King got his own seat at the table in 1973, when he was elected to represent Suffolk County's ninth district in the Massachusetts House of Representatives. Shortly after arriving on Beacon Hill, he fought for his right to wear a dashiki on the floor of the House. Six-foot-five, bald, bearded and radical, King raised some eyebrows.

But he tended to win people over. Gov. Michael Dukakis remembered "this guy, who was strong and outspoken, and had all kinds of courage. But he was also a very effective legislator!"

In his first term as governor, Dukakis worked — and sometimes warred — with King, whose agenda was broad and often surprising. He worked to expand community farming, protect community television, and to source clean and healthy food from across the state.

But that cooperative, progressive vision didn't always mesh with a parochial city, as when King failed to negotiate a last-minute deal to stave off the violent, mid-1970s blowback around court-ordered school desegregation.

Across the table was Ray Flynn, then the representative for an inflamed, largely Irish South Boston. The two were known to each other: they'd been rivals and teammates on the city's basketball courts.

In 1983, Flynn and King squared off again, as the two unlikely finalists in the race to replace Kevin White as mayor. The press sold them as a matched pair of public school grads from working-class origins.

King bristled at the comparison. Flynn had fought against busing and abortion rights. King was an anti-racist and feminist well ahead of his time, who attracted a "rainbow coalition" to his campaign.

Still, on election day, Flynn won with nearly two-thirds of the vote.

True to form, King didn't mourn; he organized. The next year he demanded that President Ronald Reagan follow Massachusetts' lead and pull American dollars out of South Africa.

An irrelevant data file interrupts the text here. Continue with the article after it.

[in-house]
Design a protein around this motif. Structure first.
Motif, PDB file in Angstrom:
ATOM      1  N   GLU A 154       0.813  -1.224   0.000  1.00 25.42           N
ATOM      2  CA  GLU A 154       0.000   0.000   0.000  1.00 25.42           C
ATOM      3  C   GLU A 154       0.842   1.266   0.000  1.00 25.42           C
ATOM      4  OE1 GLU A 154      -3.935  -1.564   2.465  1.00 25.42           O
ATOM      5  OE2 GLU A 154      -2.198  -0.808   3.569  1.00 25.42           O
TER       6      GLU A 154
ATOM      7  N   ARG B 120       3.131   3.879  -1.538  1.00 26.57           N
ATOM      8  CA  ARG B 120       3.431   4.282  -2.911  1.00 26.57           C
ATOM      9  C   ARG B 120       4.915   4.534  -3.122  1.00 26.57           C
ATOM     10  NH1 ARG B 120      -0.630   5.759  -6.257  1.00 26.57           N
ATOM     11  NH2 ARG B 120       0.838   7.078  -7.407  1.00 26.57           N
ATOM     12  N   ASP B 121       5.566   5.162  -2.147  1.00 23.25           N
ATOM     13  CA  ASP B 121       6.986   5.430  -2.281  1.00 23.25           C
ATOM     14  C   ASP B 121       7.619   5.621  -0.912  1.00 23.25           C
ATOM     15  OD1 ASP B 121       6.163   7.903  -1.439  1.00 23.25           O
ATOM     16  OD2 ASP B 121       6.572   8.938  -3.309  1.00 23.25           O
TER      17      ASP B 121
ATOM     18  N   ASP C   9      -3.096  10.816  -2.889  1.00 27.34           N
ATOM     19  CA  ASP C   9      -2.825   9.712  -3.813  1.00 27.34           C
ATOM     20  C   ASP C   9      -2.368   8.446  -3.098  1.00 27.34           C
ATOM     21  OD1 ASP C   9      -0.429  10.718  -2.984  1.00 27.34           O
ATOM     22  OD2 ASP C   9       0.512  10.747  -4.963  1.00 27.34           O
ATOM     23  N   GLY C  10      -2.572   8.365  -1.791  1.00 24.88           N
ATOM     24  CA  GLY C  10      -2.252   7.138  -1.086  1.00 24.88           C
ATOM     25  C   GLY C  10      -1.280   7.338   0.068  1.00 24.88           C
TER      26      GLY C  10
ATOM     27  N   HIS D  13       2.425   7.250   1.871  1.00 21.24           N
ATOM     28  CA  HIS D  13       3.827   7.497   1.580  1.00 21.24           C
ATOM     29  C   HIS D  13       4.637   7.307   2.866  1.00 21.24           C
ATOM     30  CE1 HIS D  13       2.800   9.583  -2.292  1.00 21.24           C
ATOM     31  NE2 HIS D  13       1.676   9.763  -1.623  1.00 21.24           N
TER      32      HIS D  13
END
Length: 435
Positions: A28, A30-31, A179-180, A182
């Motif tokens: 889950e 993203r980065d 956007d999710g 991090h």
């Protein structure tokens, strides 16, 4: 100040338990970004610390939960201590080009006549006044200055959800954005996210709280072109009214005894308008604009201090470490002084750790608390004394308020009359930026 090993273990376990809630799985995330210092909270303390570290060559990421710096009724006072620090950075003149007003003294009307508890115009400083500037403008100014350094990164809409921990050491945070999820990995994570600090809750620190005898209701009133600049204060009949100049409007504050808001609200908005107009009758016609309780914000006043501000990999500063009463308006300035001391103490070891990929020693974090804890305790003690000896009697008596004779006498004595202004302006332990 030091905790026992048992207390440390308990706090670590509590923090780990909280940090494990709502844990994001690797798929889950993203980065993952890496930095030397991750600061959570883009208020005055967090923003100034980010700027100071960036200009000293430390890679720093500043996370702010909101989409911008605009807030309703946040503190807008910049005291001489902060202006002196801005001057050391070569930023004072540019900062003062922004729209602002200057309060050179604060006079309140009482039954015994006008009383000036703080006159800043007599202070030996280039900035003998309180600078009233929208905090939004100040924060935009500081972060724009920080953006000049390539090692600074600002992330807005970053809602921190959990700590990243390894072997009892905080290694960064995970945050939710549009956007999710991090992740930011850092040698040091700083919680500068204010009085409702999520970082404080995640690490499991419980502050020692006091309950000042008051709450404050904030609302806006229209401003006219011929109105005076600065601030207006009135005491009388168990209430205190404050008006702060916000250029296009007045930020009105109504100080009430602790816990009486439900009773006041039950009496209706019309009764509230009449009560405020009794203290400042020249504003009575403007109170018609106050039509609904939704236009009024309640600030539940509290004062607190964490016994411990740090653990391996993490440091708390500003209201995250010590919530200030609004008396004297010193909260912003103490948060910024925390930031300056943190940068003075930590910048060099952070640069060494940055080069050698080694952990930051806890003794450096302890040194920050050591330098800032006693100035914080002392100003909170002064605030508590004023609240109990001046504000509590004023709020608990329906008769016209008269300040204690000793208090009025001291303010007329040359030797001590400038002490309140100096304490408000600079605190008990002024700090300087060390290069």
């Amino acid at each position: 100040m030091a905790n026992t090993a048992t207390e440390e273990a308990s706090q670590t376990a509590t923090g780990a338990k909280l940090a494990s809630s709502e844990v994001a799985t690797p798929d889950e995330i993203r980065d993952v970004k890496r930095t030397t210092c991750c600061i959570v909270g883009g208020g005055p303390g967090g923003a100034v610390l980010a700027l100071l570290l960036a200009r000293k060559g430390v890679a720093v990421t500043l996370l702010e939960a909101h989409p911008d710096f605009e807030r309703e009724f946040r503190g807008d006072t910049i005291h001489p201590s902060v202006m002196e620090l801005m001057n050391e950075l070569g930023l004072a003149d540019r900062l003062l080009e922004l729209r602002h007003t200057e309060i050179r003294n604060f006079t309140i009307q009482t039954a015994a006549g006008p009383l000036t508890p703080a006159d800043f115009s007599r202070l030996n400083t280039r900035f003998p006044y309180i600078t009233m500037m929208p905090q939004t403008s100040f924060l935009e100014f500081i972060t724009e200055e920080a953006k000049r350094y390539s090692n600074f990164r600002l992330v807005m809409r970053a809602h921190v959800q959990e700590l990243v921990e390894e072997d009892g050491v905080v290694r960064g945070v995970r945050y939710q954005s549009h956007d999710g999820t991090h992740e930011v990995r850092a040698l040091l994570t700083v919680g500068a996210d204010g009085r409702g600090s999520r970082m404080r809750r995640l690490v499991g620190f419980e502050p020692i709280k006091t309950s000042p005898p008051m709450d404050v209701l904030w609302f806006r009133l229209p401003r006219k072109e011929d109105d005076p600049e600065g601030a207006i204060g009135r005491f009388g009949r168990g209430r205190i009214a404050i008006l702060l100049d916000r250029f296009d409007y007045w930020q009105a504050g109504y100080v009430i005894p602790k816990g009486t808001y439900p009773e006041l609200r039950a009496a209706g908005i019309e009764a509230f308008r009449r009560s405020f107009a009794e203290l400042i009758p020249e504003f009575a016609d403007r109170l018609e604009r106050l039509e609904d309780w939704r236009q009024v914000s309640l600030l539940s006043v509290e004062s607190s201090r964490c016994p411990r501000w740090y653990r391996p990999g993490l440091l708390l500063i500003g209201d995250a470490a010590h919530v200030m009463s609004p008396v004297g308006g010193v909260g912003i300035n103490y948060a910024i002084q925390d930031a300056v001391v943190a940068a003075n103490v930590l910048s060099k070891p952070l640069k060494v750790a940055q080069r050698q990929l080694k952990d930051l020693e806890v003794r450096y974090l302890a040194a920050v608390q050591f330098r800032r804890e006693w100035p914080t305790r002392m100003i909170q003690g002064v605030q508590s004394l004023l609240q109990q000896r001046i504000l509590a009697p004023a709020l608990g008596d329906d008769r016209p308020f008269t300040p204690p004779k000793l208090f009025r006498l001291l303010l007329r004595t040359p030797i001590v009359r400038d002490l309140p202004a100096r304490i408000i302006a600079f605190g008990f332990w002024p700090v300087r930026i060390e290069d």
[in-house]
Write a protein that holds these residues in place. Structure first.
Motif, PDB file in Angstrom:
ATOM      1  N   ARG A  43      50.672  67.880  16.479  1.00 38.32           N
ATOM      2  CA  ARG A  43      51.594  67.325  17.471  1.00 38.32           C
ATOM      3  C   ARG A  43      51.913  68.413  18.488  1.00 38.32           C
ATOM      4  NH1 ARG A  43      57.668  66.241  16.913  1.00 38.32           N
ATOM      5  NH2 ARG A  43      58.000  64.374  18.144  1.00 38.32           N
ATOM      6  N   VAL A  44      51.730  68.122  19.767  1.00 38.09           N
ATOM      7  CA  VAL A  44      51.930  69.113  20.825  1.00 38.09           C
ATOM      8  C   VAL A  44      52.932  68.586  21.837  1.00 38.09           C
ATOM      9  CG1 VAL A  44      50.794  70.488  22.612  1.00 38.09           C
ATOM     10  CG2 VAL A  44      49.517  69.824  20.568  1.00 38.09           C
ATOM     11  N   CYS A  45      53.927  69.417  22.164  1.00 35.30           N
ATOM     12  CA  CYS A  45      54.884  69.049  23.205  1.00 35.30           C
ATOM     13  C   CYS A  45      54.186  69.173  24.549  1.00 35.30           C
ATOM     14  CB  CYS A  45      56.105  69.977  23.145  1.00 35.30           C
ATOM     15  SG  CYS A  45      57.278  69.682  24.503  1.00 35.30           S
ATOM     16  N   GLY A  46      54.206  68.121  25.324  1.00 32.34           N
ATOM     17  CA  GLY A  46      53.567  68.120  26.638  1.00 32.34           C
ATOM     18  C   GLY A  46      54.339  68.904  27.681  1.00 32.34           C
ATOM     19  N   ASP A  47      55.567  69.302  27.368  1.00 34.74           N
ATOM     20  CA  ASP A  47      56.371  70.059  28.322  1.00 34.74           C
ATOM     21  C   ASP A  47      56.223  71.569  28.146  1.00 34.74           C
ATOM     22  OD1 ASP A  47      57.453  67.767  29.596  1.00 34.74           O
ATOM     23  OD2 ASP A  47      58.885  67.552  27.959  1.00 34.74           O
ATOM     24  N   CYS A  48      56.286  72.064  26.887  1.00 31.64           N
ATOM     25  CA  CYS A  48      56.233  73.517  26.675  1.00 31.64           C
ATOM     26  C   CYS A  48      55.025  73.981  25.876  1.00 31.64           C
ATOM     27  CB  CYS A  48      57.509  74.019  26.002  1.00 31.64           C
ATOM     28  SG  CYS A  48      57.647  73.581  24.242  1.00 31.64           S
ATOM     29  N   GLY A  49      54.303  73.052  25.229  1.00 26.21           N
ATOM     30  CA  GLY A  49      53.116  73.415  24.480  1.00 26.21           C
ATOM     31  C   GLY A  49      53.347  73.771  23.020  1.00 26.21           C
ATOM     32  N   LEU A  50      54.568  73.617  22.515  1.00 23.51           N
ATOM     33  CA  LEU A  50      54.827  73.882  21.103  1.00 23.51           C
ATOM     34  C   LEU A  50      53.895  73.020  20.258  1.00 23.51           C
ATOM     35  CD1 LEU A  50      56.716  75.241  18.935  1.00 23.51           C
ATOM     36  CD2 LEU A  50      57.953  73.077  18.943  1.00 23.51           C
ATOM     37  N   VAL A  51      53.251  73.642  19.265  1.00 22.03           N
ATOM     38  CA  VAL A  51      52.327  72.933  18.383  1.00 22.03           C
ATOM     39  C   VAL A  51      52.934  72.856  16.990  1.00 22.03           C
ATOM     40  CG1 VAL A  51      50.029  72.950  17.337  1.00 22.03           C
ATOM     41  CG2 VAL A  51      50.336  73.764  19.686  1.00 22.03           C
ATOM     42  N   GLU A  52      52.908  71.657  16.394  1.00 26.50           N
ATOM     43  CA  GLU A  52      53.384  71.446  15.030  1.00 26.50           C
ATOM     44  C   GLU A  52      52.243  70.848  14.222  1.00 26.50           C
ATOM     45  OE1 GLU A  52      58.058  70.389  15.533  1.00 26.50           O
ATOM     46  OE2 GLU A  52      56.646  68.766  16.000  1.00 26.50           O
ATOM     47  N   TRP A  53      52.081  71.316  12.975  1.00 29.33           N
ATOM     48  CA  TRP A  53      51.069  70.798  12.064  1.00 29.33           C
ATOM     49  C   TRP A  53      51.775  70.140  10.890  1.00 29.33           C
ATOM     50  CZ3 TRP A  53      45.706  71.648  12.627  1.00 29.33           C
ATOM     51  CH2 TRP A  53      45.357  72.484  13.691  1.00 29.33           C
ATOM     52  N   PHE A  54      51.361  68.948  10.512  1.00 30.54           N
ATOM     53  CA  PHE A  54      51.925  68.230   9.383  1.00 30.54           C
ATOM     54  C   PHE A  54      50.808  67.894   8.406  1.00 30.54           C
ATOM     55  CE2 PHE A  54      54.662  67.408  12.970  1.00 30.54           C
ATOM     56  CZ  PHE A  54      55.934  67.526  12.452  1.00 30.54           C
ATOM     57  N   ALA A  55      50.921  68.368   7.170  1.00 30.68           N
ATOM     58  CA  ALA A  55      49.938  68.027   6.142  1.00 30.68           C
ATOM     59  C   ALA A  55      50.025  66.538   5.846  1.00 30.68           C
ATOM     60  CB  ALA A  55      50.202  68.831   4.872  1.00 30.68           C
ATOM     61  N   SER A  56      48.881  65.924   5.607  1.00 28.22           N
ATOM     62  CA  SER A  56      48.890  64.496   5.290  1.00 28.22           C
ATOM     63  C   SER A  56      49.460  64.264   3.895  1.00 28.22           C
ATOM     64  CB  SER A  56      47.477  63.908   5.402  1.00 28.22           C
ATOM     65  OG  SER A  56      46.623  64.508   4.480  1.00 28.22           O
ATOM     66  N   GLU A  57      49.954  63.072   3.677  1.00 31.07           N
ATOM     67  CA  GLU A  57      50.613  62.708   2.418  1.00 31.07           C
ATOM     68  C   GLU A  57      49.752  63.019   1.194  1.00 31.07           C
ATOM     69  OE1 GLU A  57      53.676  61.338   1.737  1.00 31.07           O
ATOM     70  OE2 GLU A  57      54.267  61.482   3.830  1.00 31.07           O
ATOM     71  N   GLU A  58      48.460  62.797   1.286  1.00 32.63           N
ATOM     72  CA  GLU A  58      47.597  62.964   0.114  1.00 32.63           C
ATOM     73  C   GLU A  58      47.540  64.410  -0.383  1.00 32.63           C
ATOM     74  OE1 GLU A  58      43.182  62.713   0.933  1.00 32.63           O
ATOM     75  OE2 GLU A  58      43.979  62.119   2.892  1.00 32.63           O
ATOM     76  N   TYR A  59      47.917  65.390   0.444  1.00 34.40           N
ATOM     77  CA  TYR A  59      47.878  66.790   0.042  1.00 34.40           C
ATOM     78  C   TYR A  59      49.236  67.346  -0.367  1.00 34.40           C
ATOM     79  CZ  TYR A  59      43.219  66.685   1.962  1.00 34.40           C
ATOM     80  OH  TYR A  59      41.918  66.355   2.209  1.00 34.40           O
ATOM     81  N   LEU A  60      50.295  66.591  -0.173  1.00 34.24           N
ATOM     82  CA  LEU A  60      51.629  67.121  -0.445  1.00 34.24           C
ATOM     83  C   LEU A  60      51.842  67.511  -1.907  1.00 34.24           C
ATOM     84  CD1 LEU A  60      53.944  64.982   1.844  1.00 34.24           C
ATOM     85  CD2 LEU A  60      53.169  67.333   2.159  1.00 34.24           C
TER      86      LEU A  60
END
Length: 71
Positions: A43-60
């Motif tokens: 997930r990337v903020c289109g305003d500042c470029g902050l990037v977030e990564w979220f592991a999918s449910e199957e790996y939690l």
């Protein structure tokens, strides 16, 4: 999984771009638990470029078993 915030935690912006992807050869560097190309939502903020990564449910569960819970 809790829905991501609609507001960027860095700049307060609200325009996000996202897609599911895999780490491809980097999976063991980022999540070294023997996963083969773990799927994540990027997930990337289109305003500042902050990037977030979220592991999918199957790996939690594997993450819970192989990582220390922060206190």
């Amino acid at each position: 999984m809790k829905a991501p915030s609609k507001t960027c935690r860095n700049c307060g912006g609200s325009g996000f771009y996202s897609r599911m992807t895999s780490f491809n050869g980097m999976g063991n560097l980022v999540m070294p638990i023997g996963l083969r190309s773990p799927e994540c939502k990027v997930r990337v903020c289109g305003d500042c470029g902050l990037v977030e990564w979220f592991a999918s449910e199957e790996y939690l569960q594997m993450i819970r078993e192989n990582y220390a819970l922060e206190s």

In late life, King's voice diminished to a whisper. But still he spoke: as a professor at MIT, as a mentor and host in Sunday round-tables at his home, paired with his beloved wife Joyce. And he served as a coach to a new generation of activists and politicians.

Congresswoman Ayanna Pressley, a Chicago native, said King was a life-changing mentor and model in her adoptive home.

"He [was] supportive and encouraging, but doesn't just endorse an idea because you have one," Pressley said. "I have certainly been a better lawmaker for his counsel ... but more importantly, I hope that I'm on task to be a better person."

Today, many of Boston's Black and Latino residents still find themselves on the wrong side of socio-economic chasms: in segregated neighborhoods, with worse health outcomes and far less wealth.

But that doesn't mean King failed to build a better future. He tended to think of his life's work as a football game, said Jamarhl Crawford

"It's about, 'We got two yards on this play... four yards on this play' — moving incrementally closer to the goal," Crawford said.

King moved the ball forward on multiple fronts. Twenty years after his first high-profile protest, the city opened 269 units of mixed-income housing just blocks from Copley Square, and named them the "Tent City" apartments. King pushed for the introduction of computers and technology in city classrooms. And he kindled interest into causes of the utmost urgency and relevance, from reparations for slavery to environmental justice.

Boston, at its best and at its worst, made Mel King. But then, slowly but surely, Mel King remade Boston — and the world around it.

This article was first published by WBUR 90.9FM on March 28. The Reporter and WBUR share content through a media partnership.

Subscribe to the Dorchester Reporter